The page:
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Math Help - distance of two disjoint compact and closed set

  1. #1
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    distance of two disjoint compact and closed set

    I am having troubles with one problem:
    Let (M,d) be a complete metric space. For a compact set K\subset{M}, and for a closed set F\subset{M} such that K\cap{F}=\emptyset

    \inf_{x\epsilon K,y\epsilon F}d(x,y)>0 [

    would that be true if K was closed but not compact?


    OK, so far my idea is to show by contradiction

    then we assume that the inf of the distance set is equal to zero, that implies x=y

    now, x\in{K} given K is compact and a compact set is bounded, however x is not necessary element of F (since a closed set might not be bounded)

    but then, am I proving with that the statement is false?
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  2. #2
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    I am sure as to exactly what you are asking.
    Do you have the concept of distance from a point to a set?
    D(F;x) = \inf \left\{ {d(t,x):t \in F} \right\}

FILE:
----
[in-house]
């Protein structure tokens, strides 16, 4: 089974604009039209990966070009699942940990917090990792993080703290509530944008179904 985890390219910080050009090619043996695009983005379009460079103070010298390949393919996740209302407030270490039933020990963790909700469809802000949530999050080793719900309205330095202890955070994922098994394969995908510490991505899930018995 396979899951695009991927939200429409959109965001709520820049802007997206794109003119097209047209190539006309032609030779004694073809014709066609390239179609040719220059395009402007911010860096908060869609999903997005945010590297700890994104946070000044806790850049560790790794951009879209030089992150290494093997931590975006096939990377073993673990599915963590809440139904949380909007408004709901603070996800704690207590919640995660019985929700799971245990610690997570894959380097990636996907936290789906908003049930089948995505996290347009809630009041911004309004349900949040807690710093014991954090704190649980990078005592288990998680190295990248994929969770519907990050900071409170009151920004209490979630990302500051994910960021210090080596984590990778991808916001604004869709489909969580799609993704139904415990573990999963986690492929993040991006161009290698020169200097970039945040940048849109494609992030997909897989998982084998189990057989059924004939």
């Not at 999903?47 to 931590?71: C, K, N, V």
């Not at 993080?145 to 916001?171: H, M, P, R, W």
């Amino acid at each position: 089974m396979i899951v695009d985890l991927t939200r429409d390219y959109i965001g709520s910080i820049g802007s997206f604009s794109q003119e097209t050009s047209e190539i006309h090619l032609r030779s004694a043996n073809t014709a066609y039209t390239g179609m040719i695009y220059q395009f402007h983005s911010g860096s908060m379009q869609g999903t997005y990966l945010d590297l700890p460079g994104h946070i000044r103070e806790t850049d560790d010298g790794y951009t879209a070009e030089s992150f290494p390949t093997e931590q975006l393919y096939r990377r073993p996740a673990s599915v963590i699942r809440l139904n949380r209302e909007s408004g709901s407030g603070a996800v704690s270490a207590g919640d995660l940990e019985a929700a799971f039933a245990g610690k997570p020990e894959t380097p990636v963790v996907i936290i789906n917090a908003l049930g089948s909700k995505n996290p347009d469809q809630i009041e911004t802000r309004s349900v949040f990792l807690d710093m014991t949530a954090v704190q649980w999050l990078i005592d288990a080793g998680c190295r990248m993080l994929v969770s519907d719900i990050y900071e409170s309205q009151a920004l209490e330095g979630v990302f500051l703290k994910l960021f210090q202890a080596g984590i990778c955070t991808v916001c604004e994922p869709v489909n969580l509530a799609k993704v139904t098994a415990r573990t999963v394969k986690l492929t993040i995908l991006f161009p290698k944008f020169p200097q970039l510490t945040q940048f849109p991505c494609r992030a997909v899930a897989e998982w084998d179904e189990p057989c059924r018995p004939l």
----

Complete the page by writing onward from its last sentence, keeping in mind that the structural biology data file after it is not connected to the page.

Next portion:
Then show that a closed set is set of all points a distance of zero from the set.

    So in this problem \left( {\forall x \in K} \right)\left[ {D(F;x) > 0} \right]
    Because of compactness you can cover K with finite collection of balls all disjoint from F. That should answer the first question.

    In R^2 let K=\{(x,y):x\le 0\}~\&~F=\{(1/n~,~n):n\in \mathbb{Z}^+\}.
    Both sets are closed and neither is compact.
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  3. #3
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    Thanks, great feedback

    I did not have the concept distance from a point to a set neither distance between two sets.

    So, now I understand better. I want to check if the distance between a closed set and a compact set is greater than zero.
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  4. #4
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    Quote Originally Posted by morito14 View Post
    Thanks, great feedback

    I did not have the concept distance from a point to a set neither distance between two sets.

    So, now I understand better. I want to check if the distance between a closed set and a compact set is greater than zero.
    This shows a flaw in the effort of sites such as this tries to be.
    We have no idea of the sequence of theorems you have been given.
    Any time I have given a course on metric spaces the following is a theorm:
    If H & K are disjoint closed sets then there are two disjoint open sets O_H~\&~O_K such that H \subseteq O_H ~\&~K \subseteq O_K .
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